It is assumed that GMR angle sensors for vehicles are used in an environment in which the temperature varies over a wide range of at least about −40 to 160 degrees Celsius. Therefore, it is desired that the output characteristics of a GMR element do not fluctuate with change in the temperature in the operating environment, that is, the value of element resistance of the GMR element is stable regardless of the temperature in the operating environment. Examples of patent documents in the related art include Japanese Unexamined Patent Application Publication Nos. 8-70148, 8-264861, 11-287669, 2002-107433, 2000-213957, 2000-180524, and 7-63505.

However, although an inorganic film such as a SiO2 film, which is used in known sensors, has excellent heat resistance, such an inorganic film does not satisfactorily meet the levels of moisture resistance and corrosion resistance required in the environment in which GMR sensors for vehicles operate. Therefore, in order to improve moisture resistance and corrosion resistance, it is believed that the use of an organic film is necessary.

For example, Japanese Unexamined Patent Application Publication Nos. 11-287669, 2002-107433, and 7-63505 describe that an organic film may be used as a protective film provided on a wafer. In these patent documents, a polyimide resin is used for the organic film.

However, since the curing temperature of polyimide resins is high, i.e., 300 C. or higher, if a polyimide resin were used to protect a GMR element, the GMR element would be exposed to a high temperature during curing of the resin after the formation of the film. Accordingly, characteristics of the GMR element may be degraded, and thus polyimide resins cannot be used to form protective films for GMR elements.

In order to improve heat resistance, moisture resistance, corrosion resistance, adhesiveness, and the like, not only the type of material of the protective film but also the structure of the protective film is important. However, the above patent documents do not describe the structure of such protective films in detail.

SUMMARY OF THE INVENTION

Accordingly, it is an object of the present invention to provide a GMR angle sensor for vehicles which includes an organic protective film formed without degrading characteristics of a GMR element, which has not only excellent heat resistance but also excellent moisture resistance and corrosion resistance, and in which variations in the output characteristics due to the operating environment are small.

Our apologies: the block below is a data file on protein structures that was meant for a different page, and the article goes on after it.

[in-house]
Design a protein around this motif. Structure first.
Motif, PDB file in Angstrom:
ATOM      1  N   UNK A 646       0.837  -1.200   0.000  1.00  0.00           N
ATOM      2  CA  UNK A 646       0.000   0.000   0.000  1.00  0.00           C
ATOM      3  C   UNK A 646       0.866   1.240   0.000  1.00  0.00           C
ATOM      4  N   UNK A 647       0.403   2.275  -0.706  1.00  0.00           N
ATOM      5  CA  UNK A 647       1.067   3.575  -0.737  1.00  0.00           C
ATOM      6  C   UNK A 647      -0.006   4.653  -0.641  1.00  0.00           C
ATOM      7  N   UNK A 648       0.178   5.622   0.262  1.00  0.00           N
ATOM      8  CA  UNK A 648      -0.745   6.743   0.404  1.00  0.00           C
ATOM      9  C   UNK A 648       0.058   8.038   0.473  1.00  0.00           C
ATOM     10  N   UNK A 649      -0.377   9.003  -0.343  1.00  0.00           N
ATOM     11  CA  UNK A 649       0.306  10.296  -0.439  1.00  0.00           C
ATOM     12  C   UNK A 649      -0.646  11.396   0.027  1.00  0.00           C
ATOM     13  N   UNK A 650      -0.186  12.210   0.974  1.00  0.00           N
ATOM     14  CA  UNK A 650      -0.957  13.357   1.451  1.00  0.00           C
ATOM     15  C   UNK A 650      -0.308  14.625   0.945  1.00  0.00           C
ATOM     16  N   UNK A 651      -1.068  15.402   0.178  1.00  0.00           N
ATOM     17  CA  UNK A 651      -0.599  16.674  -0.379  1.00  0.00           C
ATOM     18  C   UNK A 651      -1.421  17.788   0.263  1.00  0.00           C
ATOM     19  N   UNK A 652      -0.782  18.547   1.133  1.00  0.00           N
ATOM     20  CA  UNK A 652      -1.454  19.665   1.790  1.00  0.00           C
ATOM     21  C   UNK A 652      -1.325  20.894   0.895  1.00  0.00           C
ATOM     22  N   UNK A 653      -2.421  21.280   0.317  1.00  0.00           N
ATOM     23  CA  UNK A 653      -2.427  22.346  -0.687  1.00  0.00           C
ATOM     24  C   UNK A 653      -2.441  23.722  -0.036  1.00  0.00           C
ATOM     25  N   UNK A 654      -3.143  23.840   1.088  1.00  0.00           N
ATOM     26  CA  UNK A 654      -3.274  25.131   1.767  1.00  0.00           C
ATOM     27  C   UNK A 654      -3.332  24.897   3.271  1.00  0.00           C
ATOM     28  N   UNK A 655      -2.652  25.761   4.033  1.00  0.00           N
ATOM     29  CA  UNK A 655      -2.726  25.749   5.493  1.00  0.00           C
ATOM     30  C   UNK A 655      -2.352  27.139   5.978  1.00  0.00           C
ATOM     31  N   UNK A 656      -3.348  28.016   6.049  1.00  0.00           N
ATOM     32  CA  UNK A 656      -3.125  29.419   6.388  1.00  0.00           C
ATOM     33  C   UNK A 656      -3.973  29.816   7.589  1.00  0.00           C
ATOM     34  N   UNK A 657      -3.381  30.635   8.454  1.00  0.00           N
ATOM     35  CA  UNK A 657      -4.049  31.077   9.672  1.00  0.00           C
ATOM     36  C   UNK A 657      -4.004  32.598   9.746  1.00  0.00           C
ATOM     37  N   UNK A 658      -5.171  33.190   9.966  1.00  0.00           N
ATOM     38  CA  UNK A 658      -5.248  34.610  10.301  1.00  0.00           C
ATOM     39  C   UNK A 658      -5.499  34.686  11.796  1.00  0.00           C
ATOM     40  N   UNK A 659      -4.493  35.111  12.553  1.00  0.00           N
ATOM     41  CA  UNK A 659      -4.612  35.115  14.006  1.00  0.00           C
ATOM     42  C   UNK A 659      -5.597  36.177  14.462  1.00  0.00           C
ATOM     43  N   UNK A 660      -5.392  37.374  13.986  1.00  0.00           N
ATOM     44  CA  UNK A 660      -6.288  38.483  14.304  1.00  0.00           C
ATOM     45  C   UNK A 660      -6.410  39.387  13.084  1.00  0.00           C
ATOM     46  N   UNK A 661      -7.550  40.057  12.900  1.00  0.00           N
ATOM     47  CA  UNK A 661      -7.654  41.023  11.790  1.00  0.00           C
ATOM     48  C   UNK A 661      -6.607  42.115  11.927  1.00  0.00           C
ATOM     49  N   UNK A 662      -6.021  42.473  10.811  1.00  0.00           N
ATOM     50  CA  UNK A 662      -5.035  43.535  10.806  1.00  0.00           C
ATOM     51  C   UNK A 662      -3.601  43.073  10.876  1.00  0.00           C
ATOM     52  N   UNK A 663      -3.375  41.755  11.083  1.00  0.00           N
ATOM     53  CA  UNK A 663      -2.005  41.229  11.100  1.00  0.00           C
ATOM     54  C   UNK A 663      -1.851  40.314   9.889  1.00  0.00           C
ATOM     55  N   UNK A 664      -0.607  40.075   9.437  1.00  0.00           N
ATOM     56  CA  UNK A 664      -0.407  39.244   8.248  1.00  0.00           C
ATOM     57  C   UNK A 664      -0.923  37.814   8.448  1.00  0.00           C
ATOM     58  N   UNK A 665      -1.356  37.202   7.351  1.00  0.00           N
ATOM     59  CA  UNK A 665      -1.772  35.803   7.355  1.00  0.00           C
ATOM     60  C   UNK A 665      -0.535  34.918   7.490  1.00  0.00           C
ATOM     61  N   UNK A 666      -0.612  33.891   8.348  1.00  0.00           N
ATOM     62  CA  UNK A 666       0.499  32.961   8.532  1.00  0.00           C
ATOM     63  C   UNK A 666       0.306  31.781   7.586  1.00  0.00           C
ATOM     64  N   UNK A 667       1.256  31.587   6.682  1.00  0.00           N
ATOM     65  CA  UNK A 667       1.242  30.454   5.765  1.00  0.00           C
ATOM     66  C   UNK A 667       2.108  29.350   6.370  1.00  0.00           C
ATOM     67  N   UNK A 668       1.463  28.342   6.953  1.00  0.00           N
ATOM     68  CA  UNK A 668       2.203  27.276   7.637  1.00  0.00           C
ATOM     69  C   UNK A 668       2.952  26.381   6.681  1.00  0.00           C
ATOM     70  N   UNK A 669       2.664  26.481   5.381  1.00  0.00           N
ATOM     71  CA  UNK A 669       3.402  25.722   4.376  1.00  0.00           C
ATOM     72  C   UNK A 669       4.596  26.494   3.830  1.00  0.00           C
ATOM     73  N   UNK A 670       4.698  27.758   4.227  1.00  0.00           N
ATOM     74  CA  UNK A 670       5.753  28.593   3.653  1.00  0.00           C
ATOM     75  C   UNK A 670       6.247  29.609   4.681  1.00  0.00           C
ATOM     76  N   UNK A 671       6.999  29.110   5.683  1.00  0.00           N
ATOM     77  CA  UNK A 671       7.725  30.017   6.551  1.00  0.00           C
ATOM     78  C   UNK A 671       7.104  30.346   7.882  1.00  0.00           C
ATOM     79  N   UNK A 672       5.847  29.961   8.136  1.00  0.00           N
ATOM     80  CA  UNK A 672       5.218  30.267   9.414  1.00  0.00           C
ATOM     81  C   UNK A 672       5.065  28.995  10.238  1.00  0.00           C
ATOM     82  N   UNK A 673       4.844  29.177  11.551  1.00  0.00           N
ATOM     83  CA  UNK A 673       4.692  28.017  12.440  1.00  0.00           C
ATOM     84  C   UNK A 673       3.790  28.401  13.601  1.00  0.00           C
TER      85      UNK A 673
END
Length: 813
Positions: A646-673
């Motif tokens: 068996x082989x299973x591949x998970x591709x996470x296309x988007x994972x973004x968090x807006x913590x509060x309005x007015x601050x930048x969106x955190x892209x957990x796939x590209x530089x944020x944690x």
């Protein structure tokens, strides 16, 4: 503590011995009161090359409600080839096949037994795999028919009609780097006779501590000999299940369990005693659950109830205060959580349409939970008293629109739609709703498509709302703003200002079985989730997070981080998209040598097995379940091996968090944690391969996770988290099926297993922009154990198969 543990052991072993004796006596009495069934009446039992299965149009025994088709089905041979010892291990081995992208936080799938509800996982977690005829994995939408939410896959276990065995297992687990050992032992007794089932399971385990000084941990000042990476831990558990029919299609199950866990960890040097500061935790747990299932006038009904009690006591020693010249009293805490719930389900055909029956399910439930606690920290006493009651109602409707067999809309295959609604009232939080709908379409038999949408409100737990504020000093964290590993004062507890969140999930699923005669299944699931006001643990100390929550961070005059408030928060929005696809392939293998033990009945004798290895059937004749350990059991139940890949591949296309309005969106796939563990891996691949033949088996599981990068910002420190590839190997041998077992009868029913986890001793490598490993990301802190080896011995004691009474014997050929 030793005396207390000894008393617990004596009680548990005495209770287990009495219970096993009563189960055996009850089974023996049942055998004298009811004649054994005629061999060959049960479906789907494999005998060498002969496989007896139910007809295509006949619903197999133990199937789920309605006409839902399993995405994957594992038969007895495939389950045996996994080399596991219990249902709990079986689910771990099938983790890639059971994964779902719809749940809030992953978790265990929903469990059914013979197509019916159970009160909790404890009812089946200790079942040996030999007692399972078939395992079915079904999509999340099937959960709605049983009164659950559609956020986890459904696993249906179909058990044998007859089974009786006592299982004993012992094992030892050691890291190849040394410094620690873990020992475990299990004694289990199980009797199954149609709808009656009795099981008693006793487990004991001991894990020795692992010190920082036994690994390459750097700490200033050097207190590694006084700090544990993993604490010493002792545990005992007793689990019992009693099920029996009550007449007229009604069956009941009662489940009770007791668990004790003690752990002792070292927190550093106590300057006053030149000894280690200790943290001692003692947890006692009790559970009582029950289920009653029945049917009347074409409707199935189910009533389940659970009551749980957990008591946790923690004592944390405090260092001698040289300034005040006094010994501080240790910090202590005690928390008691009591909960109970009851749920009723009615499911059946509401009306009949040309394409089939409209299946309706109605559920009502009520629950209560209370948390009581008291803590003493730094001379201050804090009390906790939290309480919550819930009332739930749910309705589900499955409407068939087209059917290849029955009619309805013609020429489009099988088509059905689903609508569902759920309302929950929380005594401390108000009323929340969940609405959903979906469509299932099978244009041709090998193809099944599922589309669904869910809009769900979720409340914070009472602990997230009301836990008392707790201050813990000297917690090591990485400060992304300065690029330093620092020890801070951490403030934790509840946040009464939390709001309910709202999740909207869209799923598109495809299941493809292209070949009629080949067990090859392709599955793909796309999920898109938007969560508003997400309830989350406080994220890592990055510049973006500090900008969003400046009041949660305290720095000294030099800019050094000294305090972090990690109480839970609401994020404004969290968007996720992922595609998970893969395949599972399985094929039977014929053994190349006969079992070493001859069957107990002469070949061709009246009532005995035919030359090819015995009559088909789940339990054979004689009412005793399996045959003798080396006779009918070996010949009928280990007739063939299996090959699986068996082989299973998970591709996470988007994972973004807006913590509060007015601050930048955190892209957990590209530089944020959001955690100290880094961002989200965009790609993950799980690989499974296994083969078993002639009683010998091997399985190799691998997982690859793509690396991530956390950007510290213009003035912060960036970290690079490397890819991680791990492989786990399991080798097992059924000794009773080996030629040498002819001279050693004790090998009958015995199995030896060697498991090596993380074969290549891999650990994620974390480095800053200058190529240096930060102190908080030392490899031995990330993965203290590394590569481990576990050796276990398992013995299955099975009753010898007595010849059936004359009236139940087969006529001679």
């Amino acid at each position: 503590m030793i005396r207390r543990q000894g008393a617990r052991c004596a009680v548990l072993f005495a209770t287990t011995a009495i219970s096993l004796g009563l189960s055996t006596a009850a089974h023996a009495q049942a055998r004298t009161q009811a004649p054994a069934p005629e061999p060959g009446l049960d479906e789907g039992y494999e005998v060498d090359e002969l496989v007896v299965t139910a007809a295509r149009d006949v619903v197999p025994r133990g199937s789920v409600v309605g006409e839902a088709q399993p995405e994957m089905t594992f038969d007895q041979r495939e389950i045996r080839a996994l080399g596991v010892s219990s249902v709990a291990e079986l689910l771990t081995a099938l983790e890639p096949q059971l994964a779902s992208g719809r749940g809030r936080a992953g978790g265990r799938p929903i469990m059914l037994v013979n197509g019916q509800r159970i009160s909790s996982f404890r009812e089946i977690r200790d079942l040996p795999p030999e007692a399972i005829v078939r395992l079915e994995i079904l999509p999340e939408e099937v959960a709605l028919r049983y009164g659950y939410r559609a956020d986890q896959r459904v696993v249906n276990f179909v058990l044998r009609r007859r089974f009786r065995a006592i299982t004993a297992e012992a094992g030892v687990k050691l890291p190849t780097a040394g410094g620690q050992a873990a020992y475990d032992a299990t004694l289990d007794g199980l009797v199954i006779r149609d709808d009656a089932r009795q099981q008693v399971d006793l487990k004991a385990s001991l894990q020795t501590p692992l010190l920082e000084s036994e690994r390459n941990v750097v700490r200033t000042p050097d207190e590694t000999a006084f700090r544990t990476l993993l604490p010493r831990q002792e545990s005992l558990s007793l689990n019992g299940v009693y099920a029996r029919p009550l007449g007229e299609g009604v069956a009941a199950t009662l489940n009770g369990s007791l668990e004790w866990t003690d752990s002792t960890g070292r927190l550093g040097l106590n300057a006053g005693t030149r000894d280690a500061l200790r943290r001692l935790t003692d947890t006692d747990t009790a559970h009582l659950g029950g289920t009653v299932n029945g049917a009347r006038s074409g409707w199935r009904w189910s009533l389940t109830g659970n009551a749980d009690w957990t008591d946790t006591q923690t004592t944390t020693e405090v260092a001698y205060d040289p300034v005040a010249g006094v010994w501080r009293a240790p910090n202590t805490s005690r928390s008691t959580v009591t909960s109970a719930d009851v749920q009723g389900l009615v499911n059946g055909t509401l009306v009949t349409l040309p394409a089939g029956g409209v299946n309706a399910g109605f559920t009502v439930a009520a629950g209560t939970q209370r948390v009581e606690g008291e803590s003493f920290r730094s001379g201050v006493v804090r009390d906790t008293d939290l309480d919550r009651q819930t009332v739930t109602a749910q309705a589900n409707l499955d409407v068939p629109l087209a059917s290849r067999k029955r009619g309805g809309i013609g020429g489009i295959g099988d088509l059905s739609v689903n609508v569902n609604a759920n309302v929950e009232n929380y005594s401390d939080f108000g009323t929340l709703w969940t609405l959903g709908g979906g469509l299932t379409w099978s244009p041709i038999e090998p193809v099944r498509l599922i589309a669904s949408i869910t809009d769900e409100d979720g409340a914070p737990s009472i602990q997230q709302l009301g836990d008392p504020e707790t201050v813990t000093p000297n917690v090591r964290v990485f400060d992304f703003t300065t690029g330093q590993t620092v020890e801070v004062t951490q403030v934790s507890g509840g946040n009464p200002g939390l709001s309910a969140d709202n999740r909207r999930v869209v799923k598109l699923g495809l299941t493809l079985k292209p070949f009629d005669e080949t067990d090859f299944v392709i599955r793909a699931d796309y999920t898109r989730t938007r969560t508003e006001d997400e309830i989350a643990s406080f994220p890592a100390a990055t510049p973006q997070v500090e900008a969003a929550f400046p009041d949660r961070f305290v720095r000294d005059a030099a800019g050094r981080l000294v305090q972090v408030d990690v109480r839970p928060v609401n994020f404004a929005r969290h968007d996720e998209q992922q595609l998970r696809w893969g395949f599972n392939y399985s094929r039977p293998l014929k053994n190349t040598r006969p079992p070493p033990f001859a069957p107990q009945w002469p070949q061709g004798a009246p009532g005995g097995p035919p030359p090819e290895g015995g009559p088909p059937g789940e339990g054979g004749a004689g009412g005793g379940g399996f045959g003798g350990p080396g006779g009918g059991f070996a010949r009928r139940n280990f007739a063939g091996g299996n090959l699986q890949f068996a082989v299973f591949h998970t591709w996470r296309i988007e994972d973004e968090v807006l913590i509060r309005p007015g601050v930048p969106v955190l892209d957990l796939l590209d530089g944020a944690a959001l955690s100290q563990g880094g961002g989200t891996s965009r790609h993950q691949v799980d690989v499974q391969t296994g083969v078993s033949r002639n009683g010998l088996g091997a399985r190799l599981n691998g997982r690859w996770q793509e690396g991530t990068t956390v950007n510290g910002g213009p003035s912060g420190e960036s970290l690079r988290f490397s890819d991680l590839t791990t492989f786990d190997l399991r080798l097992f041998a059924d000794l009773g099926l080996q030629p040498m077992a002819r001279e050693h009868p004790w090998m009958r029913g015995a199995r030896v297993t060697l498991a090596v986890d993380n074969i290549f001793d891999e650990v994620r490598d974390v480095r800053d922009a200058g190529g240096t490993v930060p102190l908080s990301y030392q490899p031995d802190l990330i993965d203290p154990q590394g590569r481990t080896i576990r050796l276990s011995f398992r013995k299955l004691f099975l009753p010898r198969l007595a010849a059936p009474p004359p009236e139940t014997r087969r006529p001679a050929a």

According to the present invention, a GMR angle sensor for vehicles includes a giant magnetoresistive element in which the element resistance is changed in response to an external magnetic field, lead conductors connected to the giant magnetoresistive element, and a protective layer that seals the giant magnetoresistive element and the lead conductors, wherein the protective layer has a laminated structure including an inorganic film that ensures that the giant magnetoresistive element and the lead conductors are sufficiently insulated and a silicone-based organic film.

According to the GMR sensor for vehicles of the present invention, the protective layer of the GMR element includes at least two layers having an inorganic film and an organic film. The inorganic film ensures that the giant magnetoresistive element and the lead conductors are sufficiently insulated. Furthermore, the inorganic film has a low thermal conductivity. Therefore, even when the GMR sensor is used in a high-temperature environment, the inorganic film prevents a phenomenon in which the temperature of the GMR element is increased and the output characteristics of the GMR element fluctuate. The organic film is made of a silicone resin. The organic film prevents moisture and the like from the outside from penetrating in the GMR element, thus preventing corrosion of the GMR element. Furthermore, the curing temperature of the silicone resin is lower than that of polyimide resins. Therefore, degradation of characteristics of the GMR element due to heat can be suppressed even after the curing of the silicone resin. Accordingly, the present invention can provide a GMR angle sensor for vehicles which includes an organic film formed without degrading characteristics of the GMR element, which has not only excellent heat resistance but also excellent moisture resistance and corrosion resistance, and in which variations in the output characteristics due to the operating environment are small.

The organic film is preferably made of a silicone-based photosensitive resin that can be cured at 200 C. to 250 C. Characteristics of the GMR element are not degraded at 200 C. to 250 C., which is the curing temperature. Therefore, the silicone-based photosensitive resin that can be cured at 200 C. to 250 C. can be suitably used for the organic protective film of the GMR element.

Furthermore, the organic film preferably has a thickness of at least 5 μm. More preferably, the organic film has a thickness in the range of 5 to 10 μm. In such a case, recognition failure can be prevented in image recognition during wire-bonding or the like.

Since the organic film is made of a resin, the organic film may be formed by patterning using photolithography.